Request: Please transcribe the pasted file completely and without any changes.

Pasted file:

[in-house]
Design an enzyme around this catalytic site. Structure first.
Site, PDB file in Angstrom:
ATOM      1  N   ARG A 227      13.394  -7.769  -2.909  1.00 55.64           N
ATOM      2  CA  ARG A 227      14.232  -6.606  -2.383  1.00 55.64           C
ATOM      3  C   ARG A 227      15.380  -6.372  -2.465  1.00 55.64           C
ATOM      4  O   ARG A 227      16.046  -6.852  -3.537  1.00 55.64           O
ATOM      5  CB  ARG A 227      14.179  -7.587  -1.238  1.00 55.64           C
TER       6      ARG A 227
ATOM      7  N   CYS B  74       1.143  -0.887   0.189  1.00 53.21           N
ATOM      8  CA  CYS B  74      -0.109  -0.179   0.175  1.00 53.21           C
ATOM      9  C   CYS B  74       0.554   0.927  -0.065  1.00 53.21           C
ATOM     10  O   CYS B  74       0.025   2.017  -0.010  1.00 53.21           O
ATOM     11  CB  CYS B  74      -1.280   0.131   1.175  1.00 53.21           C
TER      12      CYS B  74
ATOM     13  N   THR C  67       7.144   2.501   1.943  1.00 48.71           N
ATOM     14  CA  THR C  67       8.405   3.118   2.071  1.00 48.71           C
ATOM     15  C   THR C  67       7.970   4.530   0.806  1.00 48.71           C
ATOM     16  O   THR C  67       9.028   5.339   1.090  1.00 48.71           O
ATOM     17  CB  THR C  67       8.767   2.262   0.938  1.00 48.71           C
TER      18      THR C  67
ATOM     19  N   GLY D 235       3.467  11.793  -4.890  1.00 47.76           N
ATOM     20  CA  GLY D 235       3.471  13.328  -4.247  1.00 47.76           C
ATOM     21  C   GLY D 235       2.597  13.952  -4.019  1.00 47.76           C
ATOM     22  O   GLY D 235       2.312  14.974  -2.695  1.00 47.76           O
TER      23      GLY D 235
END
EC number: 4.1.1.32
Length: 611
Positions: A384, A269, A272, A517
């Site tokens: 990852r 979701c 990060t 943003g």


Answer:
[in-house]
Design an enzyme around this catalytic site. Structure first.
Site, PDB file in Angstrom:
ATOM      1  N   ARG A 227      13.394  -7.769  -2.909  1.00 55.64           N
ATOM      2  CA  ARG A 227      14.232  -6.606  -2.383  1.00 55.64           C
ATOM      3  C   ARG A 227      15.380  -6.372  -2.465  1.00 55.64           C
ATOM      4  O   ARG A 227      16.046  -6.852  -3.537  1.00 55.64           O
ATOM      5  CB  ARG A 227      14.179  -7.587  -1.238  1.00 55.64           C
TER       6      ARG A 227
ATOM      7  N   CYS B  74       1.143  -0.887   0.189  1.00 53.21           N
ATOM      8  CA  CYS B  74      -0.109  -0.179   0.175  1.00 53.21           C
ATOM      9  C   CYS B  74       0.554   0.927  -0.065  1.00 53.21           C
ATOM     10  O   CYS B  74       0.025   2.017  -0.010  1.00 53.21           O
ATOM     11  CB  CYS B  74      -1.280   0.131   1.175  1.00 53.21           C
TER      12      CYS B  74
ATOM     13  N   THR C  67       7.144   2.501   1.943  1.00 48.71           N
ATOM     14  CA  THR C  67       8.405   3.118   2.071  1.00 48.71           C
ATOM     15  C   THR C  67       7.970   4.530   0.806  1.00 48.71           C
ATOM     16  O   THR C  67       9.028   5.339   1.090  1.00 48.71           O
ATOM     17  CB  THR C  67       8.767   2.262   0.938  1.00 48.71           C
TER      18      THR C  67
ATOM     19  N   GLY D 235       3.467  11.793  -4.890  1.00 47.76           N
ATOM     20  CA  GLY D 235       3.471  13.328  -4.247  1.00 47.76           C
ATOM     21  C   GLY D 235       2.597  13.952  -4.019  1.00 47.76           C
ATOM     22  O   GLY D 235       2.312  14.974  -2.695  1.00 47.76           O
TER      23      GLY D 235
END
EC number: 4.1.1.32
Length: 611
Positions: A384, A269, A272, A517
């Site tokens: 990852r 979701c 990060t 943003g």